Beer and Bacon Jam

Beer and bacon in a spreadable form, this may be the best thing to ever come out of my kitchen. It is a simple food, a few ingredients that over time become large with flavor and possibilities.  A conversation piece, something your guest won’t forget, or a handmade gift for those carnivorous beer lovers in your life. Although the cooking time is long, your active time is relatively short.

This is the perfect way to spend a lazy sunday afternoon: The smell of bacon welling up around you in a sun soaked kitchen with Delta Spirit rising from the speakers and the rest of the demanding world no longer existing. Just you, music and the transformation of ingredients happening on your stove. Cooking, creating, lingering in my kitchen gives a very grounded feeling to my over extend life. A reminder that I need to slow down and enjoy, just be. A recipe that ask little of me other that the time it takes to simply simmer is a reminder of that, just be.

Beer & Bacon Jam


  • 12 oz thick sliced bacon (8-10 thick strips)
  • 4 cloves of garlic, smashed
  • 1/2 cup yellow onion, chopped
  • 1 1/4 cups amber ale or imperial stout, divided
  • 1/4 cup apple cider vinegar
  • 1/2 cup balsamic vinegar
  • 2/3 cup brown sugar


  1. In a large pot or dutch oven, cook the bacon, working in batches if neccessary. Remove the bacon from the pan and allow to cool and then roughly chop. Drain off the bacon grease from the pot, leaving only about 1 tbs bacon drippings in the bottom of the pot. Return the pot to heat and cook the onions until soft and translucent, about 3 minutes. Add the garlic and stir for about 30 seconds. Add 1 cup beer and both vinegars, scraping to deglaze the bottom of the pot. Add the brown sugar and the bacon, reduce heat to maintain a simmer. Place the lid on the pot at an angle, allowing to vent the steam. Cook until reduced to a thick and syrupy consistency, stirring occasionally, about 45 minutes. Transfer to a food processor along with remaining 1/4 cup beer and pulse until most of the large pieces have been chopped.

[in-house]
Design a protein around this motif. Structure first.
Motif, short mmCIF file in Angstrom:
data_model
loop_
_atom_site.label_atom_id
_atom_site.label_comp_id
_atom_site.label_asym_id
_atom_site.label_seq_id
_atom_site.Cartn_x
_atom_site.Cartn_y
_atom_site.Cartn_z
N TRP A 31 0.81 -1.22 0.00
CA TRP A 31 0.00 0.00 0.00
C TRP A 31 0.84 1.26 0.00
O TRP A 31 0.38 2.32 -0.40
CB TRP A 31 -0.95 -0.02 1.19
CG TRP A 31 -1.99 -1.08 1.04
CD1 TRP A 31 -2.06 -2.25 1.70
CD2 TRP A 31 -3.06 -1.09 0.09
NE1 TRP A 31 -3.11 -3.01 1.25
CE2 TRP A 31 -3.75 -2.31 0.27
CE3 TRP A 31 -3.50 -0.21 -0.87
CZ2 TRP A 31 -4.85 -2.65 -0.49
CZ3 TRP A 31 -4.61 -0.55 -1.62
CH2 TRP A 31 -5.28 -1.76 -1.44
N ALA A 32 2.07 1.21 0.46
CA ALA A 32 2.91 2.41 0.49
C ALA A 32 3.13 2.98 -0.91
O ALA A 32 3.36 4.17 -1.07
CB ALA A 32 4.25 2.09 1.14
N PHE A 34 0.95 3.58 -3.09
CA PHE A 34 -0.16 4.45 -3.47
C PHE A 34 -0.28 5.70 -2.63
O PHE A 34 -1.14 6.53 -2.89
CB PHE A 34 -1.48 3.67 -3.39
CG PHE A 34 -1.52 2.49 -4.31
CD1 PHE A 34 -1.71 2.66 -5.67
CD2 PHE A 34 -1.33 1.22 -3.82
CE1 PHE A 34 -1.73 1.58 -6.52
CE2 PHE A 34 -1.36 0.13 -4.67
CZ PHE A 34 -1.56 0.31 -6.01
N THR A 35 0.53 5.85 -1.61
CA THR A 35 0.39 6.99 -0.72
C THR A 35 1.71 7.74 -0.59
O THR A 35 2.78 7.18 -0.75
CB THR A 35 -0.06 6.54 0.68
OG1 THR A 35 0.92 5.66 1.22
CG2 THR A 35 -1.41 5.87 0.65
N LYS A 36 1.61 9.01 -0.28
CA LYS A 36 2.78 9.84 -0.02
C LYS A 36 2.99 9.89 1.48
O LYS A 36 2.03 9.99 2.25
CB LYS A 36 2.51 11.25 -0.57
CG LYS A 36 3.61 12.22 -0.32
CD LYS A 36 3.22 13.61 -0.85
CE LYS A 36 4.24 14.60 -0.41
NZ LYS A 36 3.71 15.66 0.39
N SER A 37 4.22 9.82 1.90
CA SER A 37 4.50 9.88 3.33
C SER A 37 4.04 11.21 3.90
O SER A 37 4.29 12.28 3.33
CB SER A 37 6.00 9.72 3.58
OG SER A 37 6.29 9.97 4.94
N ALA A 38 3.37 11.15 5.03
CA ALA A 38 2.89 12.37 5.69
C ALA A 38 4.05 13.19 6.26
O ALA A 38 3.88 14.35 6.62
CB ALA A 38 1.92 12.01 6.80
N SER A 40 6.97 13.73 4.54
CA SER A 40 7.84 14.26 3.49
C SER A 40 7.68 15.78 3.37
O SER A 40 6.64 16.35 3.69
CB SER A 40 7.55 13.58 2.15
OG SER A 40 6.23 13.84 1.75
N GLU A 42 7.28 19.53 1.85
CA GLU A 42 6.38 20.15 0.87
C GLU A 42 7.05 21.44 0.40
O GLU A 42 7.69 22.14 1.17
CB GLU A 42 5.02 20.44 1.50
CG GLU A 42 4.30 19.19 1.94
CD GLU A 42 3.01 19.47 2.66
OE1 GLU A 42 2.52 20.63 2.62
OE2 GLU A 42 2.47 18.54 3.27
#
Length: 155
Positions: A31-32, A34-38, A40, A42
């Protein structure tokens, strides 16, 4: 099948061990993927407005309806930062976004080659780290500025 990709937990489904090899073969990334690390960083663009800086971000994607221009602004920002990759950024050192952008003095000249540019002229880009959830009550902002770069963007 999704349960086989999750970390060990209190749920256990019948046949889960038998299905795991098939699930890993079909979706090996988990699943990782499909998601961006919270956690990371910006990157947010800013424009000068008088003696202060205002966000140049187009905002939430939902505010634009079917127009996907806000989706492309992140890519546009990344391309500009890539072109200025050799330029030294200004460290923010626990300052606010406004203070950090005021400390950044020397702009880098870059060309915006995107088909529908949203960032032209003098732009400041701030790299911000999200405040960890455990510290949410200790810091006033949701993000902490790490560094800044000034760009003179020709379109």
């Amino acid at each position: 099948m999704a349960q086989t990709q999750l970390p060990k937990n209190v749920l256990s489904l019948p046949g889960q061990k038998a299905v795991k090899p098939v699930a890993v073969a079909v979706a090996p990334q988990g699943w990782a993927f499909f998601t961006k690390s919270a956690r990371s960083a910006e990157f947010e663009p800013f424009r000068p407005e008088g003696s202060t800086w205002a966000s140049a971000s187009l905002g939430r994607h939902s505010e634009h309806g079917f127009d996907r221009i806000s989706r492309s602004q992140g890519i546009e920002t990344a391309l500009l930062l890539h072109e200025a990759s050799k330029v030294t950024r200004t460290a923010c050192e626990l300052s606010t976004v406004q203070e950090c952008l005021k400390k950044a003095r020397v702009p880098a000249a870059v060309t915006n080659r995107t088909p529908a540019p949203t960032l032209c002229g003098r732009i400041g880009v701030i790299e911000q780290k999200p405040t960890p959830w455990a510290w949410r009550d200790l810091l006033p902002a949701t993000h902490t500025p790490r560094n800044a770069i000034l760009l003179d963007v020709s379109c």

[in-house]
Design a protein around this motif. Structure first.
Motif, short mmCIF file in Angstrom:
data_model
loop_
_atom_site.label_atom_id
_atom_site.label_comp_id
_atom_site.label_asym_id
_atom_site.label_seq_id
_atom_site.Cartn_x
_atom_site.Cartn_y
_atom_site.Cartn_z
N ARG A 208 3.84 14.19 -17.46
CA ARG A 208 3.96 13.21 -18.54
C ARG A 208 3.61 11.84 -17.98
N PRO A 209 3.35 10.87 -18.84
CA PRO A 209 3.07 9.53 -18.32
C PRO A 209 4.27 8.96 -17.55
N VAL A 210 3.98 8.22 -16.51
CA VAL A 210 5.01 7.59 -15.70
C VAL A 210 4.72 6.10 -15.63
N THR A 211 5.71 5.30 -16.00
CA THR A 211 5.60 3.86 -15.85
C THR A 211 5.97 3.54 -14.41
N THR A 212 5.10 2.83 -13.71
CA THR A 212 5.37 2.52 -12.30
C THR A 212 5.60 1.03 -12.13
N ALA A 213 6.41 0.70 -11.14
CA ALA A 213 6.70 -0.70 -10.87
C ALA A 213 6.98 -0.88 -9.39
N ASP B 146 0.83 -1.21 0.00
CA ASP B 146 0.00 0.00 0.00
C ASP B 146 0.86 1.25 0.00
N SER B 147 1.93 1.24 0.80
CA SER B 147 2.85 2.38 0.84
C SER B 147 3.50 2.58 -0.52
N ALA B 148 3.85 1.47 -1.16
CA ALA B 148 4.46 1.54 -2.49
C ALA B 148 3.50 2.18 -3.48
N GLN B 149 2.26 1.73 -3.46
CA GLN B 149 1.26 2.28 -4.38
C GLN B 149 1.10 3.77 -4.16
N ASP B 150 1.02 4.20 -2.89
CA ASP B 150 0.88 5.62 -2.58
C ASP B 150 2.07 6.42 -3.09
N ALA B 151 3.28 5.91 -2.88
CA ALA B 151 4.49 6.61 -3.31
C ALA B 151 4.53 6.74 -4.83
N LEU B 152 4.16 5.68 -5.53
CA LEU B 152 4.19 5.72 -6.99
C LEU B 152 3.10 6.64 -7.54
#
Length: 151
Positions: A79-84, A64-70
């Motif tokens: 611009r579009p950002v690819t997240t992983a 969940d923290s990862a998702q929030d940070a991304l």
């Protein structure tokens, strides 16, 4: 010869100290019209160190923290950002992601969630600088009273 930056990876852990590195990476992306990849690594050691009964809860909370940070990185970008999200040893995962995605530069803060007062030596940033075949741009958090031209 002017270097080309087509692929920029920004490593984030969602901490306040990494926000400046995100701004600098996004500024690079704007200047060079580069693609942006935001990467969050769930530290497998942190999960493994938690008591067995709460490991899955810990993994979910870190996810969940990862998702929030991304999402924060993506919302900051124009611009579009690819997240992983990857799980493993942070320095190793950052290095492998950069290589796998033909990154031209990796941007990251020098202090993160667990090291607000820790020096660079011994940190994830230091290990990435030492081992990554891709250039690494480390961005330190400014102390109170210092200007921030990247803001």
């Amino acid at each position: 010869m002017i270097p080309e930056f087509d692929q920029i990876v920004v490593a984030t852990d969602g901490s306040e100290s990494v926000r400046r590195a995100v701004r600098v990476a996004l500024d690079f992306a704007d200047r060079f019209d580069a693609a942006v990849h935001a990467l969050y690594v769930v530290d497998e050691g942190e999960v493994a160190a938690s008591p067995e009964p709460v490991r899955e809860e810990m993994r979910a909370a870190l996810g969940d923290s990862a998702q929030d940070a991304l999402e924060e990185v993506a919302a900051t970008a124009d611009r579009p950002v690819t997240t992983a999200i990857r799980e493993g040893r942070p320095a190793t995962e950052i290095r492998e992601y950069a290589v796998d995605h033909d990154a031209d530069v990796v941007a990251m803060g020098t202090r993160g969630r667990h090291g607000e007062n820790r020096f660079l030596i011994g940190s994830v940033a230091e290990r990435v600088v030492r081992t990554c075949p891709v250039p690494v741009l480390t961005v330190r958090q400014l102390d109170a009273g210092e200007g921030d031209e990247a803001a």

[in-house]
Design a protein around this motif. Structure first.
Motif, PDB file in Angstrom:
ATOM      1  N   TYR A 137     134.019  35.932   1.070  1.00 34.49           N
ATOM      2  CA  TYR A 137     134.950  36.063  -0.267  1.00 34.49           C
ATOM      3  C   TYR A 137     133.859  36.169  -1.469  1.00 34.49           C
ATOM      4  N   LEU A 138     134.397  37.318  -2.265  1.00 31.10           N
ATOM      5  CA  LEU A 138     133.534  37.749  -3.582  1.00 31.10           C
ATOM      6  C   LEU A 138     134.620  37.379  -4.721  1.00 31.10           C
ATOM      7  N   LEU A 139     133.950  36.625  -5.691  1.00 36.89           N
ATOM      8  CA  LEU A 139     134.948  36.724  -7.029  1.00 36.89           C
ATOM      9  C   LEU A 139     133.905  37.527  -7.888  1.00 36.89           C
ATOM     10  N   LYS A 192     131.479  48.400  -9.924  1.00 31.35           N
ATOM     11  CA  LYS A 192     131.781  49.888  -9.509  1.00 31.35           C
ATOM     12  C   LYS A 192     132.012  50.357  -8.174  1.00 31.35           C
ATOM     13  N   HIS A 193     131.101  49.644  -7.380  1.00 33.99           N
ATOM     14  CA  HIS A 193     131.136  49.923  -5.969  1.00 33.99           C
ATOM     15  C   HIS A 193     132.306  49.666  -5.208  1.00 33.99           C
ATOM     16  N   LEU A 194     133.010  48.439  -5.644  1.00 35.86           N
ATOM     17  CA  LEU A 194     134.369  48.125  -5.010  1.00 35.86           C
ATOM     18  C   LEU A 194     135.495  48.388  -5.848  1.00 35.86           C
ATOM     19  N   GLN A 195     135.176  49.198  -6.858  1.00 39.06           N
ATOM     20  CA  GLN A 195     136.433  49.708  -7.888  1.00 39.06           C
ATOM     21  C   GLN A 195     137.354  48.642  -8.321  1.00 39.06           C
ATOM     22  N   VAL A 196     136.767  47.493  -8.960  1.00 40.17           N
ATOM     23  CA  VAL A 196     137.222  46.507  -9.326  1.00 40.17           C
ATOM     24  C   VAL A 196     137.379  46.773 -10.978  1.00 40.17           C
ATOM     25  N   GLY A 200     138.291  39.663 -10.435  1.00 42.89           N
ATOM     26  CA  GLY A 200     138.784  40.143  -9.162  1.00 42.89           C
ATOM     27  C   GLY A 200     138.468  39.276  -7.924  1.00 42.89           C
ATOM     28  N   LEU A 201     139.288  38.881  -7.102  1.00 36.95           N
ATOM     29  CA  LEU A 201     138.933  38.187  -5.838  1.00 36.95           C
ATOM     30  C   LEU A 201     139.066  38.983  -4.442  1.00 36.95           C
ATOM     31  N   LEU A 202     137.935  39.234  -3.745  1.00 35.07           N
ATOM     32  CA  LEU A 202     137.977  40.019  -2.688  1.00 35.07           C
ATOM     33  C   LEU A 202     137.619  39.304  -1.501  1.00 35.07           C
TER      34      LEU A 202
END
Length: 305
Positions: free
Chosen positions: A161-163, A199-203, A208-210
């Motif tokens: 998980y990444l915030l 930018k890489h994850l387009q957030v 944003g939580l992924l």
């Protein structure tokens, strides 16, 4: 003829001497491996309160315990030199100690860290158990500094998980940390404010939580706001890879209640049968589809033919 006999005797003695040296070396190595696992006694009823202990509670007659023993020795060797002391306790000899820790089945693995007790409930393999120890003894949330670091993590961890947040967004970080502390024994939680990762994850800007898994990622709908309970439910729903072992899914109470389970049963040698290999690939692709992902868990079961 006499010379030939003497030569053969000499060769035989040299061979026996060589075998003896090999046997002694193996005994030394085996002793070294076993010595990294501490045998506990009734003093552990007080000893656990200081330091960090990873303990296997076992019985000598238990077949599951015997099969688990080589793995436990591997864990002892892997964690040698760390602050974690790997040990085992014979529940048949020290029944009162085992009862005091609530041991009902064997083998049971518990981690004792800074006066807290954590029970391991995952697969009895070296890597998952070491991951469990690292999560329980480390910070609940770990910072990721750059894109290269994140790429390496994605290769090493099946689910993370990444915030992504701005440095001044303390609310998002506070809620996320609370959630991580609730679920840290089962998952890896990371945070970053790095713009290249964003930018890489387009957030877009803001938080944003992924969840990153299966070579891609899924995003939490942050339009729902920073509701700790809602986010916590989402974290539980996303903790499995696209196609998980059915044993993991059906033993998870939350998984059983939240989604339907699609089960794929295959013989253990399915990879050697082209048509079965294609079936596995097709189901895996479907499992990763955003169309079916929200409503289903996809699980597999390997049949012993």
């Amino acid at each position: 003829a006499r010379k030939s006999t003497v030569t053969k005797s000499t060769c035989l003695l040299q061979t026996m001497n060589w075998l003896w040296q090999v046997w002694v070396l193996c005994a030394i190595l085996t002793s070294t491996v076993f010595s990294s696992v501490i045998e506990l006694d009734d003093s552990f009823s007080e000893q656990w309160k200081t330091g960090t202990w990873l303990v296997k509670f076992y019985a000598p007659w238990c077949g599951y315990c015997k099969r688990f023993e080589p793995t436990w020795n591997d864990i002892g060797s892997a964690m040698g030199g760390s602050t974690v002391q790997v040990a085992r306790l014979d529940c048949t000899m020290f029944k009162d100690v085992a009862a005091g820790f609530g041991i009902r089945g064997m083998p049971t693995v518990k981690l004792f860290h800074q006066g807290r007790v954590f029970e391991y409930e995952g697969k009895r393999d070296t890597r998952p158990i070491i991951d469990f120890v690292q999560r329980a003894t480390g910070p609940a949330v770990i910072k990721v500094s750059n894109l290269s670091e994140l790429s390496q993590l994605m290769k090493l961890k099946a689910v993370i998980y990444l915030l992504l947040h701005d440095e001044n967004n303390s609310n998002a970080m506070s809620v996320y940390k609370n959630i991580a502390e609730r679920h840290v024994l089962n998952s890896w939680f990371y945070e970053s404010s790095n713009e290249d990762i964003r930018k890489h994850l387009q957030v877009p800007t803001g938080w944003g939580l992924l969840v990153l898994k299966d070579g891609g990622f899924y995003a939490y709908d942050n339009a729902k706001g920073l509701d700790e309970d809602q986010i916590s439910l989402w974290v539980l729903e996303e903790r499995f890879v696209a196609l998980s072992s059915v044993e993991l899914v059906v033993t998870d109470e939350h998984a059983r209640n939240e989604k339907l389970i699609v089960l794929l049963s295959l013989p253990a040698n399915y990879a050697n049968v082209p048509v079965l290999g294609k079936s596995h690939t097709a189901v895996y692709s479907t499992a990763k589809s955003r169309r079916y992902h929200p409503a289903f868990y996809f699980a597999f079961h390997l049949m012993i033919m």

2. Serve at room temperature.

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55 thoughts on “Beer and Bacon Jam

  1. I’ve been wanting to make bacon jam for ever… and for someone who eats bacon at least once a day I’m not sure why I haven’t yet! Looks amazing!

  2. I’m trying to imagine how this would taste but I have no clue to be honest, but I know it’s gonna be good by looking at the ingredients! Another awesome recipe for the future Beeroness cook book 😉

  3. This looks great, but I was wondering at the possibility of shipping this overseas? Do you know if it would keep? It would be to a warm destination and take about 2-3 weeks? It almost sounds like I answered my own question though …

    1. It last a long time in the fridge, but I have no idea how to make it shelf stable. I know there are a lot of canning methods you can use to make something like this stable and preserve it for months, just like you would a more “typical” jam but I’ve never done it. Look into websites about canning and those methods apply to any type of jam. Good luck!

      1. Good to know. I’ve thought about canning this for Christmas gifts, I’ll check into pressure canning. Thanks!

  4. It was amazing on our burgers this weekend. Definitely worth the process, gonna make a double-batch next time!